If you are moving towards your first abortion, you may be feeling overwhelmed with all the information and new language that is coming at you. Facing an unplanned pregnancy and needing to determine your next steps are challenging enough. Add to that the questions you have about the vocabulary and new words you’re not familiar with, and it’s understandable if you are feeling at a loss and trying to figure out where to turn.
Avenue Women’s Center can help you with these first steps, and we are prepared to walk alongside you throughout this part of your journey. If you have questions about pregnancy and abortion information, or if you would like to schedule a private consultation, please contact us.
Among the new words you may be hearing for the first time is “laminaria.”
What are laminaria?
Simply defined, laminaria are slender rods, about the size of a matchstick, made of natural or synthetic material that expand when they absorb water. When placed in the cervix, they absorb moisture and swell, gradually dilating the cervix. Natural laminaria are made from a special, sterile, seaweed material. There are also commercial synthetic sticks that work the same way.
When are laminaria used?
Laminaria may be used in different types of procedures. At times, they are used to help prepare the cervix for an induced labor. They may be used with a procedure called dilation and curettage (D & C). D & Cs remove tissue from inside the uterus – sometimes in the treatment of uterine conditions (such as heavy bleeding); sometimes to clear the uterine lining after a miscarriage or abortion. For surgical abortions (D & C in the first trimester; dilation and evacuation (D & E) abortion in the second trimester), the laminaria perform the same function – that of dilating the cervix for the procedure. This creates enough space for the surgical abortion to take place.
How does the laminaria process work for abortions?
Laminaria insertion is the beginning of the process for some surgical abortions. The cervix is dilated either at the time of the procedure or before the procedure. The determination of how many laminaria are used, and how long they must be in place before the procedure, depends on how far along the pregnancy is. For more advanced pregnancies, the laminaria may be inserted the day before the procedure and the patient returns the next day for the surgery. A strong thread may be attached to one end of the laminaria stick, with a collar to keep it from moving into the uterus. The doctor removes the laminaria before beginning the abortion procedure.
Does the laminaria insertion hurt? Is it dangerous?
Women are typically awake for the laminaria insertion. Some women experience cramping or spotting. They may ask their doctor about a pain-reliever they may use if needed for any discomfort. Laminaria have been in use for many years with low risks. One possible concern is infection. There may also be a risk of the laminaria dilators becoming trapped or fragmenting. Women are advised to ask their doctor about any concerns they may have, as well as any restrictions while the laminaria are in place.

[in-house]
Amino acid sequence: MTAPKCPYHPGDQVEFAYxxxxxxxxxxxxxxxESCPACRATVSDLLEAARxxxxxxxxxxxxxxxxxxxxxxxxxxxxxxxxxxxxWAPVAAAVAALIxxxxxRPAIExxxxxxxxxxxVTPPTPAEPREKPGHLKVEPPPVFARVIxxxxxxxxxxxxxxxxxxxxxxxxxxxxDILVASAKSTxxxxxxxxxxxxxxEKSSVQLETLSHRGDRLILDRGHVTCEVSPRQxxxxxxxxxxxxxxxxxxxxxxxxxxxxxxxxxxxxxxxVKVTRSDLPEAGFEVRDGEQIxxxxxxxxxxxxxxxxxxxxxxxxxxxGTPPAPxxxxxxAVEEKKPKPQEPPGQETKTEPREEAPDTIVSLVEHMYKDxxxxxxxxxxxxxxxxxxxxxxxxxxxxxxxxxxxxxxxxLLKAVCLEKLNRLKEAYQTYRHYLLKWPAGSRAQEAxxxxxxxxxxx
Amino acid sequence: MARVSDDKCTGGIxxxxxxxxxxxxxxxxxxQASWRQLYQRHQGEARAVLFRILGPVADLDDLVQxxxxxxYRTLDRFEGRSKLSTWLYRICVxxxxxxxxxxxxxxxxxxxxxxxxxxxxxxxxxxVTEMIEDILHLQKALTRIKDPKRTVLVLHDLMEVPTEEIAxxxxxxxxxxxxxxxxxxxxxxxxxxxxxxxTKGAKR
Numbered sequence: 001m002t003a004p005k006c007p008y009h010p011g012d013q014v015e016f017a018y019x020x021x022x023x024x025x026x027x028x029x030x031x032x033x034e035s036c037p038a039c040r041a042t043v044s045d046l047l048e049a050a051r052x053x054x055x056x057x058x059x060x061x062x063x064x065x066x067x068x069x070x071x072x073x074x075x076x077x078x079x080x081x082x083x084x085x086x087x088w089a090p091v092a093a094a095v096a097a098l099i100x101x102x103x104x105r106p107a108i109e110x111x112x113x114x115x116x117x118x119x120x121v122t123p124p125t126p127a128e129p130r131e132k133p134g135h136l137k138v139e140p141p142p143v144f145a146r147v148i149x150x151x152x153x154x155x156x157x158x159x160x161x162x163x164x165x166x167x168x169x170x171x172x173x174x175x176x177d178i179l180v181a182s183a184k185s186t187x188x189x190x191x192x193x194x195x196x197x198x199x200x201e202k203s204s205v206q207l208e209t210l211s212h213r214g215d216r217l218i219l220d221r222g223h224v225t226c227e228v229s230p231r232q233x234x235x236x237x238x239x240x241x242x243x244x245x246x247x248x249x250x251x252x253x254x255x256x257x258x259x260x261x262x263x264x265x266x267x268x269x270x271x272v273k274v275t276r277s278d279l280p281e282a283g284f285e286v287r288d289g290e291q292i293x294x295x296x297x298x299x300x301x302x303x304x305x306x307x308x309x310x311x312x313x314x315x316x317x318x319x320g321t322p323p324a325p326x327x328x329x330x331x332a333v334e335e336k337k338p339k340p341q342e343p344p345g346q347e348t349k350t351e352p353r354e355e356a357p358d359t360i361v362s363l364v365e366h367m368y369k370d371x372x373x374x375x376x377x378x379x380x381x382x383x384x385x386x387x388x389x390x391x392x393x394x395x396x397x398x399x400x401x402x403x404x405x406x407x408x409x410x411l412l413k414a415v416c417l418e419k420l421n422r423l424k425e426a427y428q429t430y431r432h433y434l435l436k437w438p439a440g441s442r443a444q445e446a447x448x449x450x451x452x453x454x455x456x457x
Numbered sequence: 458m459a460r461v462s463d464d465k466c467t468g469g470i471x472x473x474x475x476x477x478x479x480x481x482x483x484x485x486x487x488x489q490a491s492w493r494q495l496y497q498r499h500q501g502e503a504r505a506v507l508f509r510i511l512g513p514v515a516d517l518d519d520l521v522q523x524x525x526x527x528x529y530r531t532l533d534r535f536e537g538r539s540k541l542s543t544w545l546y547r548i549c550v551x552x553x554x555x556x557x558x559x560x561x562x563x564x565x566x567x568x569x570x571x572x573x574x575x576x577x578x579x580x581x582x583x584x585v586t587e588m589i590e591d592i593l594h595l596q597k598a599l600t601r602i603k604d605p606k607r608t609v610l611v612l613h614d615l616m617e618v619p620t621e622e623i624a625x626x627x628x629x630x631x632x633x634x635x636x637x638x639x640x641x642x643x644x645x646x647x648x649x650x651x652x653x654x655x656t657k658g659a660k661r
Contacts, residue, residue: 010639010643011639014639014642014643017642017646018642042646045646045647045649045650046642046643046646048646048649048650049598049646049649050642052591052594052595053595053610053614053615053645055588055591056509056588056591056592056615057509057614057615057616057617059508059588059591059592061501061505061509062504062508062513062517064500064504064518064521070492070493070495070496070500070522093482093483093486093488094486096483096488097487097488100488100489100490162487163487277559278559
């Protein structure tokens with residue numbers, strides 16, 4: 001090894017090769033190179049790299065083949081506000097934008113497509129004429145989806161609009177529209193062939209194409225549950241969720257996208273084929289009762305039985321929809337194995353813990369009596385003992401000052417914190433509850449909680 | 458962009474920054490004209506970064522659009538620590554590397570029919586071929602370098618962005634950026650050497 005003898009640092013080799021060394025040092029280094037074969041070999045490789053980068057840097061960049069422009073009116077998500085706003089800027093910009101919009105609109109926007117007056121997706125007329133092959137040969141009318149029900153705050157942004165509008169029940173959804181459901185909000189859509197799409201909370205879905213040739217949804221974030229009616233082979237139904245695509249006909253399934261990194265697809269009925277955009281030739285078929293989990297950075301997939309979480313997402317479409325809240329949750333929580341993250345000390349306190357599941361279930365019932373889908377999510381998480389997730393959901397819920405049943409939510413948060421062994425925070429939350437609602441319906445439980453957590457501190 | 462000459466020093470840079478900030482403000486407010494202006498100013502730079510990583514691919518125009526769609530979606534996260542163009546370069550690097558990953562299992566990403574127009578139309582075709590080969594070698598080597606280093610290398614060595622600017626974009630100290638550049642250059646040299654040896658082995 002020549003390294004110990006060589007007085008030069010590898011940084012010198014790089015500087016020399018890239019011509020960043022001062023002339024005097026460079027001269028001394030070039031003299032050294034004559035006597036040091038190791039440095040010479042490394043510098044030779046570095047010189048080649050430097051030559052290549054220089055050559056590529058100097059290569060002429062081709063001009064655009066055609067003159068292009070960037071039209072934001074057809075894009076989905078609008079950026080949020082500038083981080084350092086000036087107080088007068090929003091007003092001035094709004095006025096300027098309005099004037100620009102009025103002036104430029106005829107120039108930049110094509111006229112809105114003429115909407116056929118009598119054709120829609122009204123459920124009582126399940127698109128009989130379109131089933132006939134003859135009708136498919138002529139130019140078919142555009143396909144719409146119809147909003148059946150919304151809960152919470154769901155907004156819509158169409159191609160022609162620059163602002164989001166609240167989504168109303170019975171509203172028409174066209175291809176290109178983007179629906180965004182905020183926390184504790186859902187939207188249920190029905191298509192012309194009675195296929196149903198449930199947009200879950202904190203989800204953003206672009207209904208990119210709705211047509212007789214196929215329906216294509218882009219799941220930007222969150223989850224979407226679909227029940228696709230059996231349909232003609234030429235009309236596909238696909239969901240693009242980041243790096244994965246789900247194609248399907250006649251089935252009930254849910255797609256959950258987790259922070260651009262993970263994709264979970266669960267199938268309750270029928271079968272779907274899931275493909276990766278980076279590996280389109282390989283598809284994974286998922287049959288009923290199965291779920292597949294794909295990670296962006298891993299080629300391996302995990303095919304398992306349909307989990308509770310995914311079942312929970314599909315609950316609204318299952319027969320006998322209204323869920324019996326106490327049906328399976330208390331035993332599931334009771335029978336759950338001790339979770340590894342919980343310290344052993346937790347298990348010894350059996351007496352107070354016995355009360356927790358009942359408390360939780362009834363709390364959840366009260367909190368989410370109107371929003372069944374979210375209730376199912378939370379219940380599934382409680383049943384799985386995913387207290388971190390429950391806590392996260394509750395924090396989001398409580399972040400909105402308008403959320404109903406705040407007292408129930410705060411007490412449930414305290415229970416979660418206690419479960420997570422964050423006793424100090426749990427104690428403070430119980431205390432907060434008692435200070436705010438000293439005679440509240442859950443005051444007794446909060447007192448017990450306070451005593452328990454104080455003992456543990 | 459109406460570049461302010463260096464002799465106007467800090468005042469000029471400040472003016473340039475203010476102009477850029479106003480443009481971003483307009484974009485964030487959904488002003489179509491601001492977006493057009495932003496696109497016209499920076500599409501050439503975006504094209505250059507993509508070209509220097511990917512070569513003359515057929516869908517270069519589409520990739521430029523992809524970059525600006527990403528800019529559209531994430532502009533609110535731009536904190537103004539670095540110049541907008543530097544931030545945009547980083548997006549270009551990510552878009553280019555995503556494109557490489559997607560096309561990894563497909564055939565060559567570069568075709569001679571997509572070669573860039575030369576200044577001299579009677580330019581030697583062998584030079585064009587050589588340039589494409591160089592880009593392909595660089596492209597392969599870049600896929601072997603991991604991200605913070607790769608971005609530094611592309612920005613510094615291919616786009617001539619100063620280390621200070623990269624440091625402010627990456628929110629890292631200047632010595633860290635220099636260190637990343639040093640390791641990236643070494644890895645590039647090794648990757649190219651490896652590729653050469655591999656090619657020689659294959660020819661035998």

What if a woman isn’t able to keep her abortion appointment or changes her mind?
If the laminaria remain inside the cervix over 24 hours, the risk of infection is increased. If a woman is unable to keep her appointment for any reason, she should have the laminaria removed. This can be done by her doctor or at an emergency room.
What can Avenue Women’s Center do to help you?
We don’t want you to have to move forward when you’re feeling overwhelmed, or before you’re ready to take the next step. Besides needing to find out “What are laminaria?” you may have other questions. Our pregnancy consultants are compassionate and nonjudgmental. They will hear your questions and provide helpful information. Consultations are private, confidential, and available totally separate from whatever decision you end up making. And they are free, as are others of the services we offer.
Come. Learn. Your decisions must be your own; let them be well-informed. We’re waiting to meet with you at one of our four Chicagoland area locations. Please contact us by call, text, email or chat. We hope to hear from you soon.
- American Congress of Obstetricians and Gynecologists. (2015, May). Induced Abortion. Retrieved from: http://www.acog.org/Patients/FAQs/Induced-Abortion
- Mayo Clinic. Dilation and curettage (D&C). Retrieved from: http://www.mayoclinic.org/tests-procedures/dilation-and-curettage/details/how-you-prepare/ppc-20259386 – 41
- Drugs.com. (2009). Laminaria. Retrieved from: https://www.drugs.com/npp/laminaria.html
Reviewed by Patricia Kuenzi, APN-CNP, MSN, ANP, PNP.
The information provided here is general in nature. It is not a substitute for a consultation with a medical professional. Before any medical procedure, it is imperative that you discuss your personal medical history, risks, and concerns with your doctor. If you have questions during or after a procedure, your doctor should be immediately contacted. Avenue Women’s Center is not an emergency center. If you are experiencing severe symptoms, such as bleeding and/or pain, seek immediate medical attention. Contact your physician, go to an emergency room, or call 911.